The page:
I spoke to a Yanmar person in San Francisco who sold parts for decades. I purchased new valve seals because our 3GM was burning oil. She said forget them; it's not the valve seals. She said she never sold them because it just doesn't leak oil there. But she was happy to take my money in case she was wrong.

My engine had been babied by the previous owner (run at 2000 RPM all the time) and the bores were a bit polished. I ran it hard 3400 for a few hours, 3600 RPM for 1 hour and this reduced the oil consumption considerably. Mine used to use about 1 L every 15-20 hours.
I run at ~3200 anything less is painfully slow.  I'll give it a go at 3600 for a while, see how that shakes out.

 
I used some of this stuff

https://www.restoreusa.com/index.php

didn't seem to have much or any effect
I just had a look at the Restore website and it seems that the two products, CEM and RESTORE, are formulated with different ends in mind. I'm a bit sceptical that you can "chemically" repair a worn engine as RESTORE seems to claim. 

As I understand it CEM is formulated to remove the deposits left behind when the engine is run at low loads and under optimum temp. As others have said a good, hard, full operating temperature, run should achieve the same end. It wasn't cheap and was sold as a three part treatment, one to add to the oil prior to changing. One to add to the fuel. And one to add to the new oil after an initial clean wit a double change using the first product.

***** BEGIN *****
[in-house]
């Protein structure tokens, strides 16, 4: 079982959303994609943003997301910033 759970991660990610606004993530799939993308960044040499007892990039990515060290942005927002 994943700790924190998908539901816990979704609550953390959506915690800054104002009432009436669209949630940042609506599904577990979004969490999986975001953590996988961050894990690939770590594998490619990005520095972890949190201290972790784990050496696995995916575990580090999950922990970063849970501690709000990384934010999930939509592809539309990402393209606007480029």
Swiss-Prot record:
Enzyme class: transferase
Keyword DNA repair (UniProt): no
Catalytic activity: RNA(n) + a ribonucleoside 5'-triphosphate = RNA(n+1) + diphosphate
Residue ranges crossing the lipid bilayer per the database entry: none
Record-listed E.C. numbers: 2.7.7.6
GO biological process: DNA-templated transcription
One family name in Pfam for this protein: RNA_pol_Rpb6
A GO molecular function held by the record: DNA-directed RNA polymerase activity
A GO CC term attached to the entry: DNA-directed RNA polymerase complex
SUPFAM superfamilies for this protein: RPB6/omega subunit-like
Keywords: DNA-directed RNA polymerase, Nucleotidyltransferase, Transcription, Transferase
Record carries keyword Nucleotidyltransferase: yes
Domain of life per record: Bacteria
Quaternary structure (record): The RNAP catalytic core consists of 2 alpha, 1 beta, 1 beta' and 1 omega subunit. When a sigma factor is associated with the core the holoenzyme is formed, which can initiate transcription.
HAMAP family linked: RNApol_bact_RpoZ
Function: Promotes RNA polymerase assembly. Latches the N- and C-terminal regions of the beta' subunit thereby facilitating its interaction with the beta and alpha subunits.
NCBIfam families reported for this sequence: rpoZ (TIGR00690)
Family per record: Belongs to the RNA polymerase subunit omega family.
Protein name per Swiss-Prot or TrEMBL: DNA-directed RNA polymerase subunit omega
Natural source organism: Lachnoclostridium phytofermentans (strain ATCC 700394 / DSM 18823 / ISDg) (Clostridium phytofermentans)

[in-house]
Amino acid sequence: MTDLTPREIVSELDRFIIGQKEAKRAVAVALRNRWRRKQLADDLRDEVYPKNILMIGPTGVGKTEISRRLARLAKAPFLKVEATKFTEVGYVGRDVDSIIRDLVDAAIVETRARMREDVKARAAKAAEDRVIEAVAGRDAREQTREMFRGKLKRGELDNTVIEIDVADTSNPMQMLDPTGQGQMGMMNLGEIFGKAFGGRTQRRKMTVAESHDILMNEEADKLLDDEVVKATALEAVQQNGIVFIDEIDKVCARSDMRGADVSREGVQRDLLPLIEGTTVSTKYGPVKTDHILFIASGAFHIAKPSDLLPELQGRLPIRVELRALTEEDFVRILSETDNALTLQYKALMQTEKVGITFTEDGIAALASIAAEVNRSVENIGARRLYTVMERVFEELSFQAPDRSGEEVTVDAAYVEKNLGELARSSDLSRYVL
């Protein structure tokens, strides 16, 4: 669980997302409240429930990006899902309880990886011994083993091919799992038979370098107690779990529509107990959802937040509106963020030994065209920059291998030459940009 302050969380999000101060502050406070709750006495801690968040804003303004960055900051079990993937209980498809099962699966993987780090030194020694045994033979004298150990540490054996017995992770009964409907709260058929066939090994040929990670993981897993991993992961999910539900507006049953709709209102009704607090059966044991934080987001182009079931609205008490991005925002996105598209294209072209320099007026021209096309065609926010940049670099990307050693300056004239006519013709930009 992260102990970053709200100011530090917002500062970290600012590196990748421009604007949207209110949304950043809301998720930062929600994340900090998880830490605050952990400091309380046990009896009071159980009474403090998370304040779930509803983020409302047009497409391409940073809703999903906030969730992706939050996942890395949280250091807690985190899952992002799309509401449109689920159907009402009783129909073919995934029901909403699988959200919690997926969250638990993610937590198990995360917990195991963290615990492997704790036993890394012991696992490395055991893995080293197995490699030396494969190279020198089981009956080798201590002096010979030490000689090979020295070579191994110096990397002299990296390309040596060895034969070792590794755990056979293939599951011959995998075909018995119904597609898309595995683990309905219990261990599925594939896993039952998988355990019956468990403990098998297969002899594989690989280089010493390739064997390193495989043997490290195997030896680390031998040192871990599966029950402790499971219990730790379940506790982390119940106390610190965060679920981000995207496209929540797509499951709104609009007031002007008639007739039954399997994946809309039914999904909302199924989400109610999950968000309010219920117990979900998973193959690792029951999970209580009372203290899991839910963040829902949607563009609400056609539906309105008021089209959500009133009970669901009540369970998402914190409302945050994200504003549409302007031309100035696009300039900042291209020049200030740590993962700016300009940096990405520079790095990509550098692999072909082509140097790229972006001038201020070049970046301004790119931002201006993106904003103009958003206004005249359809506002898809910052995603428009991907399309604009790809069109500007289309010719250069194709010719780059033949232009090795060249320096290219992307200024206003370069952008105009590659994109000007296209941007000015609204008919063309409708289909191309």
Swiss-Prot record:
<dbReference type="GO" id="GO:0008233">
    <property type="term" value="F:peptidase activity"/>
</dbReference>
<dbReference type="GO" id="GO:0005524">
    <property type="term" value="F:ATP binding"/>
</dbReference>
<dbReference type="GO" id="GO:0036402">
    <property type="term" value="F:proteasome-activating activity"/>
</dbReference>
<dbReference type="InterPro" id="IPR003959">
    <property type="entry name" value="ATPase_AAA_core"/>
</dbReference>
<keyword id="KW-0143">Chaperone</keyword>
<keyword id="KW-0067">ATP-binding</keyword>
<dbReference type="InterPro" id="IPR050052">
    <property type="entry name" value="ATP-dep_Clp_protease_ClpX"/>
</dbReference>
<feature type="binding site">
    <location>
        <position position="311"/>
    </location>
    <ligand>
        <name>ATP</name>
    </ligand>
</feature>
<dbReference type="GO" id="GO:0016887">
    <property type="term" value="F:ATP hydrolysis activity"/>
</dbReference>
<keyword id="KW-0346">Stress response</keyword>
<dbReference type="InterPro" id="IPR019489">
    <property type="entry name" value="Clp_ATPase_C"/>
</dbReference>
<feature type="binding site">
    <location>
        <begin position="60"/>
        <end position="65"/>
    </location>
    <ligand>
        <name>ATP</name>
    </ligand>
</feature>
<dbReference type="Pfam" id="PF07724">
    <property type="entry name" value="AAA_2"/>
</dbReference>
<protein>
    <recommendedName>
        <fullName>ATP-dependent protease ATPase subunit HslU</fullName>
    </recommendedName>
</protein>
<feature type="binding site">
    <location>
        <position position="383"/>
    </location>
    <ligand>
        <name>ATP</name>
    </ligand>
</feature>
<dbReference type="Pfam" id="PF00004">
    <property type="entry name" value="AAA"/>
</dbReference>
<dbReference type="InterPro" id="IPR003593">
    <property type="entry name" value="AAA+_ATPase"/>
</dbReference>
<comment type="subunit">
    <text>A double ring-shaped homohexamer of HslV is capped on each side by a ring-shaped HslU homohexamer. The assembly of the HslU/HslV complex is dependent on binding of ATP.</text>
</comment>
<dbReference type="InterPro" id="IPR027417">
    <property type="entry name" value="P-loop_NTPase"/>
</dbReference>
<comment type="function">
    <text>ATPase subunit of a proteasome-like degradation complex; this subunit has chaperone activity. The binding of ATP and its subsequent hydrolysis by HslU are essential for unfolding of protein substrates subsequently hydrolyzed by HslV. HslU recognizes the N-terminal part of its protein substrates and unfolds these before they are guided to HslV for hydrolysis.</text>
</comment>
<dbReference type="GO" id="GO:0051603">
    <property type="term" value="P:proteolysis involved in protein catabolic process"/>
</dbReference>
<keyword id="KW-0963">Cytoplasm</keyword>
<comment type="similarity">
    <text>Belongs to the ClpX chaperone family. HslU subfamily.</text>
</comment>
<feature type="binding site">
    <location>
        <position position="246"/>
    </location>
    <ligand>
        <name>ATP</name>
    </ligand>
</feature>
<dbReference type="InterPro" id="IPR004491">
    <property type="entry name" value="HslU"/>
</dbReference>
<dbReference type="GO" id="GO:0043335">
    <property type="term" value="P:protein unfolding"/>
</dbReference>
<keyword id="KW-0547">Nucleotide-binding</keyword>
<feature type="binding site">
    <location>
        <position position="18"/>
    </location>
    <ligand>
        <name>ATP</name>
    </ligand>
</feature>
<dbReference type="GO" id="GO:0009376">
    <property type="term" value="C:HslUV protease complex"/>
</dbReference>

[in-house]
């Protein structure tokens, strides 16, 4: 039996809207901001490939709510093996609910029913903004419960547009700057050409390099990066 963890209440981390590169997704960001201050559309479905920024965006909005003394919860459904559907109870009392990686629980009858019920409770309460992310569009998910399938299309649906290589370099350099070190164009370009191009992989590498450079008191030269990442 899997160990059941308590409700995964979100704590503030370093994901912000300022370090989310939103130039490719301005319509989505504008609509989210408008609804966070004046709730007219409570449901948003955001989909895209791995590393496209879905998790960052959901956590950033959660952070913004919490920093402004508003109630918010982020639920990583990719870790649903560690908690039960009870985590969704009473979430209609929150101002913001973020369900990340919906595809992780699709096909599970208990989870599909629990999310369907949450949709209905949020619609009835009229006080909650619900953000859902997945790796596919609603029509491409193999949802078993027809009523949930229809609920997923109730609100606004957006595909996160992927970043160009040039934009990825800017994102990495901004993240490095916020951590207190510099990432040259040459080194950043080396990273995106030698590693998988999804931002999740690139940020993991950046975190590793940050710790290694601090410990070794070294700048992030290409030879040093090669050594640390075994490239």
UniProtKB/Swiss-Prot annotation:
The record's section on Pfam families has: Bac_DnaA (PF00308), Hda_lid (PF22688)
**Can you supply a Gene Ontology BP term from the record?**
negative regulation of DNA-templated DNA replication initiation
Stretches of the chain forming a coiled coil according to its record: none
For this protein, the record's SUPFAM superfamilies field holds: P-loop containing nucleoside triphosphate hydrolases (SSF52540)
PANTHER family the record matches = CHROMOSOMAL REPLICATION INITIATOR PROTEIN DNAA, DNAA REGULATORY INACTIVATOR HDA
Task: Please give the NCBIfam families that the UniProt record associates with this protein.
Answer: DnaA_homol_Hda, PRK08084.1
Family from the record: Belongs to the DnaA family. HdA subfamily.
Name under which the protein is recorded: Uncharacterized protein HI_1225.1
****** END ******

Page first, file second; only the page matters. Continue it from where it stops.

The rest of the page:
Crazy Horse

Member
227
33
Queensland
A compression test is not going to prove much because it's most likely oil control rings that are suffering rather than the compression rings, if it is starting ok. It is using a lot of oil for the small sump and practically emptying it in the time you say. Engine overhaul may be the only longterm option.

 

El Borracho

Sam’s friend
6,345
2,383
Pacific Rim
Some ring leakage is caused by carbon (burned oil) jamming up the rings so they don't seal vertically. The solvents for carbon are concentrated sulfuric acid or hydrogen peroxide. Neither are very good for an engine :)

Other leakage is from cylinder glazing. If the rings and piston flying up and down doesn't remove glazing I doubt any snake oil will. That idea, above, of running at high rpm might well work.

If cleaning rings and restoring the cylinder walls is desired it is a relatively simple matter to tear down the engine just for that. Especially so with a one-lung engine. Put all the same parts back in. Used to be standard procedure back in the good old days. A morning job for a shadetree guy like me.

 
There are a couple shade tree mechanics who have gotten gunked up old truck engines running a lot better using seafoam in the gas, in the oil (prior to a change/flush) and with a spray that goes up the air intake.  There are a few tales like this with YouTube videos to match... Never tried that approach with a diesel but it's my go-to for keeping diesel gunk and water in the fuel to a minimum. 

 

Ishmael

Granfallooner
49,585
10,291
Fuctifino
I use Sea Foam as a fuel stabilizer for gasoline, among other things. Works well as an ongoing carburetor cleaner too.